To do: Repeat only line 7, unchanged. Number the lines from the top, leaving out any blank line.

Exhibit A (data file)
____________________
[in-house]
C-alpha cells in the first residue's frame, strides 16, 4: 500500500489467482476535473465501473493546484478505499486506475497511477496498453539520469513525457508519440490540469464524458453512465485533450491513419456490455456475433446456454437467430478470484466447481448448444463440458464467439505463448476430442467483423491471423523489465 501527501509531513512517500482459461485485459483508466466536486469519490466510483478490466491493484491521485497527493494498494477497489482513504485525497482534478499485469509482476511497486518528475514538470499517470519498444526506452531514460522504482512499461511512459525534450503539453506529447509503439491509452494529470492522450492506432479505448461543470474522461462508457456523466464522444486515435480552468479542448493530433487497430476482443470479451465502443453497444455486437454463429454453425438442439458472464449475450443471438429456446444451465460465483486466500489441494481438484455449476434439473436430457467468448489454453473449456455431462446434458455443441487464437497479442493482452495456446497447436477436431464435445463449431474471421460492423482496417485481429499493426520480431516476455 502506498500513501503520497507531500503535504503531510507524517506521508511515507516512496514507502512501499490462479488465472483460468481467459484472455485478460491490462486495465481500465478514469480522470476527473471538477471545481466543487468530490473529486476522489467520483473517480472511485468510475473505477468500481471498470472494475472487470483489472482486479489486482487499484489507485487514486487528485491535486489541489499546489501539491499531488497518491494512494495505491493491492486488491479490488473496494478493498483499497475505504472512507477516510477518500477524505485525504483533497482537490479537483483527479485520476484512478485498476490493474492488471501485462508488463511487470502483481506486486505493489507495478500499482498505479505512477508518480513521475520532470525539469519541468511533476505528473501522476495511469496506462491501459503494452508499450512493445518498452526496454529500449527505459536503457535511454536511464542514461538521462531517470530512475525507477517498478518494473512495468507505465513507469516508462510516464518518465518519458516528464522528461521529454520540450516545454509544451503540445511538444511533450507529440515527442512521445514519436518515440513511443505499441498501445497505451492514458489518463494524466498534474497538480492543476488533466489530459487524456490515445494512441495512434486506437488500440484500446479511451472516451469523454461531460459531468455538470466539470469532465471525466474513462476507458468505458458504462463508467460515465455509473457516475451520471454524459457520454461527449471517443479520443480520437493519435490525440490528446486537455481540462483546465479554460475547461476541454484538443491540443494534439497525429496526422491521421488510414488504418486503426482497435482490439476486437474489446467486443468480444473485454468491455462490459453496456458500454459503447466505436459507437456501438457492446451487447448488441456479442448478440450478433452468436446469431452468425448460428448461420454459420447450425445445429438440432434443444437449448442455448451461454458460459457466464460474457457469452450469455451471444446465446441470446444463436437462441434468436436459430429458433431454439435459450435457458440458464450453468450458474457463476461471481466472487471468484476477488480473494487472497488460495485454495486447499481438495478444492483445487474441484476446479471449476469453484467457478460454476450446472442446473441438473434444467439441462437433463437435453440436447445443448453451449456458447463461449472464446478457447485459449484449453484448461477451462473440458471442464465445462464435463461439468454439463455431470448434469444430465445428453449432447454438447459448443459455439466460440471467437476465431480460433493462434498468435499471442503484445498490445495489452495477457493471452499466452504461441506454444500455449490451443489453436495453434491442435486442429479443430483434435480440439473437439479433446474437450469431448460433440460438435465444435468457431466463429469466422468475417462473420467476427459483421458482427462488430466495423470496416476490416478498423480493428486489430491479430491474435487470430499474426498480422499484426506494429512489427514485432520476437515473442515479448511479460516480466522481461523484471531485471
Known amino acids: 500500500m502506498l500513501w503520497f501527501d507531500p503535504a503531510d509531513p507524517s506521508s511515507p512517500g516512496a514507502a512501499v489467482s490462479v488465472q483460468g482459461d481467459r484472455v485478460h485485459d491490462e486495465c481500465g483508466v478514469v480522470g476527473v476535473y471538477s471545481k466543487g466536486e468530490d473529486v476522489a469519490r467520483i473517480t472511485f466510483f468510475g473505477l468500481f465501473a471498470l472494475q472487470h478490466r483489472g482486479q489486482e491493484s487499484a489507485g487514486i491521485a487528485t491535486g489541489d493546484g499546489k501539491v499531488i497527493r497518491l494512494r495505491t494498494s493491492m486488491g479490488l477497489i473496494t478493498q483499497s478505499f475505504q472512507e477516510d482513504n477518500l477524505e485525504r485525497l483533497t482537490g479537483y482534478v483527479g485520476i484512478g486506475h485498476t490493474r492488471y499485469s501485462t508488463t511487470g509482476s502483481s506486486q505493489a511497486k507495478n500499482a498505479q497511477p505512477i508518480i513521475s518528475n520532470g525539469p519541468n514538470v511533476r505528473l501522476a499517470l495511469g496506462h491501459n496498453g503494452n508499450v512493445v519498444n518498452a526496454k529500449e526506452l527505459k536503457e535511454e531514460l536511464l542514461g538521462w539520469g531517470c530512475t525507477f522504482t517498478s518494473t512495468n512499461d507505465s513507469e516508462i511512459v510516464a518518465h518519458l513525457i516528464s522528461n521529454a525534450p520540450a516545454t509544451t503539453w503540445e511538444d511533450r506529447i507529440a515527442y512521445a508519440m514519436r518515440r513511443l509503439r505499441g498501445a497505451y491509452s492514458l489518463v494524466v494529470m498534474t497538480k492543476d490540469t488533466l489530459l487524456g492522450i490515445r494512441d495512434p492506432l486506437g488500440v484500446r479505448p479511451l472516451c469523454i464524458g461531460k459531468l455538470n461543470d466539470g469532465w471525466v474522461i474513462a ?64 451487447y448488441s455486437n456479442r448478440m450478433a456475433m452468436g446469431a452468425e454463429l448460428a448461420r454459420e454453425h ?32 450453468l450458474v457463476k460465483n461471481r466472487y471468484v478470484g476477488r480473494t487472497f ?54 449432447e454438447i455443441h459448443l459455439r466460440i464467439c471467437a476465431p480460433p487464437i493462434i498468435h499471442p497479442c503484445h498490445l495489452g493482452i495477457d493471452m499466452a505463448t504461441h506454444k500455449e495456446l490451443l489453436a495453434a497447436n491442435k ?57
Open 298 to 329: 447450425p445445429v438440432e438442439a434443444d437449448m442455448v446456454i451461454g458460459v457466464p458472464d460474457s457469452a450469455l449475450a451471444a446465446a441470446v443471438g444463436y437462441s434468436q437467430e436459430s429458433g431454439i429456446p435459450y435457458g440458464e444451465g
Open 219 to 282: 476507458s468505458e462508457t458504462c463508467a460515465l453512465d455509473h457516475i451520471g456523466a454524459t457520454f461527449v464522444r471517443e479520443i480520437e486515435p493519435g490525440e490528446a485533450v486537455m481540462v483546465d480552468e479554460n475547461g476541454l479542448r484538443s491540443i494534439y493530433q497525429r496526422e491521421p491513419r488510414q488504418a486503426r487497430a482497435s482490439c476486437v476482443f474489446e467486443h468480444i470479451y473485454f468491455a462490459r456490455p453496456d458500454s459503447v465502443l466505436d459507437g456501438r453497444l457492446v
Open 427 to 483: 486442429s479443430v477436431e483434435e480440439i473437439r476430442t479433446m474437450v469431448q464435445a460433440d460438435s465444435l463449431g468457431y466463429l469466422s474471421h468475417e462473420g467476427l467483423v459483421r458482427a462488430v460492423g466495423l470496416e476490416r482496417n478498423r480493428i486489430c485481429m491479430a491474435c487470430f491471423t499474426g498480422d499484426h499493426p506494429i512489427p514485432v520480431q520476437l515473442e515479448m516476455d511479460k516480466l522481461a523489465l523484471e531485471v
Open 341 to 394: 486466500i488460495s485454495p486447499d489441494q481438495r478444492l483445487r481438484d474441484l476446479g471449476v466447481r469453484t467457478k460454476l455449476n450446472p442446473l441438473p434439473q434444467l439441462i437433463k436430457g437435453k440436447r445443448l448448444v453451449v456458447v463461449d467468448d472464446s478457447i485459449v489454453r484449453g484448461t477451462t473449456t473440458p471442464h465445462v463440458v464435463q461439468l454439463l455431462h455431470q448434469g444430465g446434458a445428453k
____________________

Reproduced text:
Open 341 to 394: 486466500i488460495s485454495p486447499d489441494q481438495r478444492l483445487r481438484d474441484l476446479g471449476v466447481r469453484t467457478k460454476l455449476n450446472p442446473l441438473p434439473q434444467l439441462i437433463k436430457g437435453k440436447r445443448l448448444v453451449v456458447v463461449d467468448d472464446s478457447i485459449v489454453r484449453g484448461t477451462t473449456t473440458p471442464h465445462v463440458v464435463q461439468l454439463l455431462h455431470q448434469g444430465g446434458a445428453k